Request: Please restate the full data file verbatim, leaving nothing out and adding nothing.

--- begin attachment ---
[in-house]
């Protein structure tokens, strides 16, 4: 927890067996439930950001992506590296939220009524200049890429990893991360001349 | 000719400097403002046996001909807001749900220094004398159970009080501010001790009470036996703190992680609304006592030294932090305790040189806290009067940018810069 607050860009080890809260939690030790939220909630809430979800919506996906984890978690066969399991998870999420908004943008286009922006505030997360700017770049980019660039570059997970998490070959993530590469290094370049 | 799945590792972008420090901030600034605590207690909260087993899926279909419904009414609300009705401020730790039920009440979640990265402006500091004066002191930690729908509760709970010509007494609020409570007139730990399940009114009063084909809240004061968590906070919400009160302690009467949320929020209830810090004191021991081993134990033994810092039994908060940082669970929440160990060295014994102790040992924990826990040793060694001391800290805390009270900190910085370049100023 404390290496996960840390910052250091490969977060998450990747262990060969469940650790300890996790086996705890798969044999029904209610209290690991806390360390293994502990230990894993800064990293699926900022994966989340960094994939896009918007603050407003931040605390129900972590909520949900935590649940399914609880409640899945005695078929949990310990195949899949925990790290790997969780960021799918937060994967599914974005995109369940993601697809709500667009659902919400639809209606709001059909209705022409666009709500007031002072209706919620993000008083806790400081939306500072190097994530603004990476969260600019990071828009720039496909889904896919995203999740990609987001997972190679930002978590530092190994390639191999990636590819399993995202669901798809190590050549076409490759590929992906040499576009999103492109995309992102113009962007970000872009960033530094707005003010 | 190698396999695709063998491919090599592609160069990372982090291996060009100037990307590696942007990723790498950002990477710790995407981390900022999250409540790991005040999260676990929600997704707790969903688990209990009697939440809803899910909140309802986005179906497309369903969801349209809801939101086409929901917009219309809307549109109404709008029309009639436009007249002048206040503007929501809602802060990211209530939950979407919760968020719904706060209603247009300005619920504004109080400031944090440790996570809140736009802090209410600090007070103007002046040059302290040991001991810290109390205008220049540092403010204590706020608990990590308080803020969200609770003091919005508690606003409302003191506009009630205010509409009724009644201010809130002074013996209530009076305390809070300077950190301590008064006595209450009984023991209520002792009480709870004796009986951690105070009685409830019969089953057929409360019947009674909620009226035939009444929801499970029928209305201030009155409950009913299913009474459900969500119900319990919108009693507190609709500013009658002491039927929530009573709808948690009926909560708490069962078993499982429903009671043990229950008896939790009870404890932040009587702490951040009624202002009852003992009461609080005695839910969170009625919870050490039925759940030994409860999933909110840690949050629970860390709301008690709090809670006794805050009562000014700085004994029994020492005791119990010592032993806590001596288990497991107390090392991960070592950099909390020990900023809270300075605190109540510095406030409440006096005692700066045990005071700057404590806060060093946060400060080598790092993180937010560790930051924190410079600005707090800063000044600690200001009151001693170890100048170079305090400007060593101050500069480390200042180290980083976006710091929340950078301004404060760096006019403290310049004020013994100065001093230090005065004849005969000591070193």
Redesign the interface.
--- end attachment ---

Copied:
[in-house]
């Protein structure tokens, strides 16, 4: 927890067996439930950001992506590296939220009524200049890429990893991360001349 | 000719400097403002046996001909807001749900220094004398159970009080501010001790009470036996703190992680609304006592030294932090305790040189806290009067940018810069 607050860009080890809260939690030790939220909630809430979800919506996906984890978690066969399991998870999420908004943008286009922006505030997360700017770049980019660039570059997970998490070959993530590469290094370049 | 799945590792972008420090901030600034605590207690909260087993899926279909419904009414609300009705401020730790039920009440979640990265402006500091004066002191930690729908509760709970010509007494609020409570007139730990399940009114009063084909809240004061968590906070919400009160302690009467949320929020209830810090004191021991081993134990033994810092039994908060940082669970929440160990060295014994102790040992924990826990040793060694001391800290805390009270900190910085370049100023 404390290496996960840390910052250091490969977060998450990747262990060969469940650790300890996790086996705890798969044999029904209610209290690991806390360390293994502990230990894993800064990293699926900022994966989340960094994939896009918007603050407003931040605390129900972590909520949900935590649940399914609880409640899945005695078929949990310990195949899949925990790290790997969780960021799918937060994967599914974005995109369940993601697809709500667009659902919400639809209606709001059909209705022409666009709500007031002072209706919620993000008083806790400081939306500072190097994530603004990476969260600019990071828009720039496909889904896919995203999740990609987001997972190679930002978590530092190994390639191999990636590819399993995202669901798809190590050549076409490759590929992906040499576009999103492109995309992102113009962007970000872009960033530094707005003010 | 190698396999695709063998491919090599592609160069990372982090291996060009100037990307590696942007990723790498950002990477710790995407981390900022999250409540790991005040999260676990929600997704707790969903688990209990009697939440809803899910909140309802986005179906497309369903969801349209809801939101086409929901917009219309809307549109109404709008029309009639436009007249002048206040503007929501809602802060990211209530939950979407919760968020719904706060209603247009300005619920504004109080400031944090440790996570809140736009802090209410600090007070103007002046040059302290040991001991810290109390205008220049540092403010204590706020608990990590308080803020969200609770003091919005508690606003409302003191506009009630205010509409009724009644201010809130002074013996209530009076305390809070300077950190301590008064006595209450009984023991209520002792009480709870004796009986951690105070009685409830019969089953057929409360019947009674909620009226035939009444929801499970029928209305201030009155409950009913299913009474459900969500119900319990919108009693507190609709500013009658002491039927929530009573709808948690009926909560708490069962078993499982429903009671043990229950008896939790009870404890932040009587702490951040009624202002009852003992009461609080005695839910969170009625919870050490039925759940030994409860999933909110840690949050629970860390709301008690709090809670006794805050009562000014700085004994029994020492005791119990010592032993806590001596288990497991107390090392991960070592950099909390020990900023809270300075605190109540510095406030409440006096005692700066045990005071700057404590806060060093946060400060080598790092993180937010560790930051924190410079600005707090800063000044600690200001009151001693170890100048170079305090400007060593101050500069480390200042180290980083976006710091929340950078301004404060760096006019403290310049004020013994100065001093230090005065004849005969000591070193």
Redesign the interface.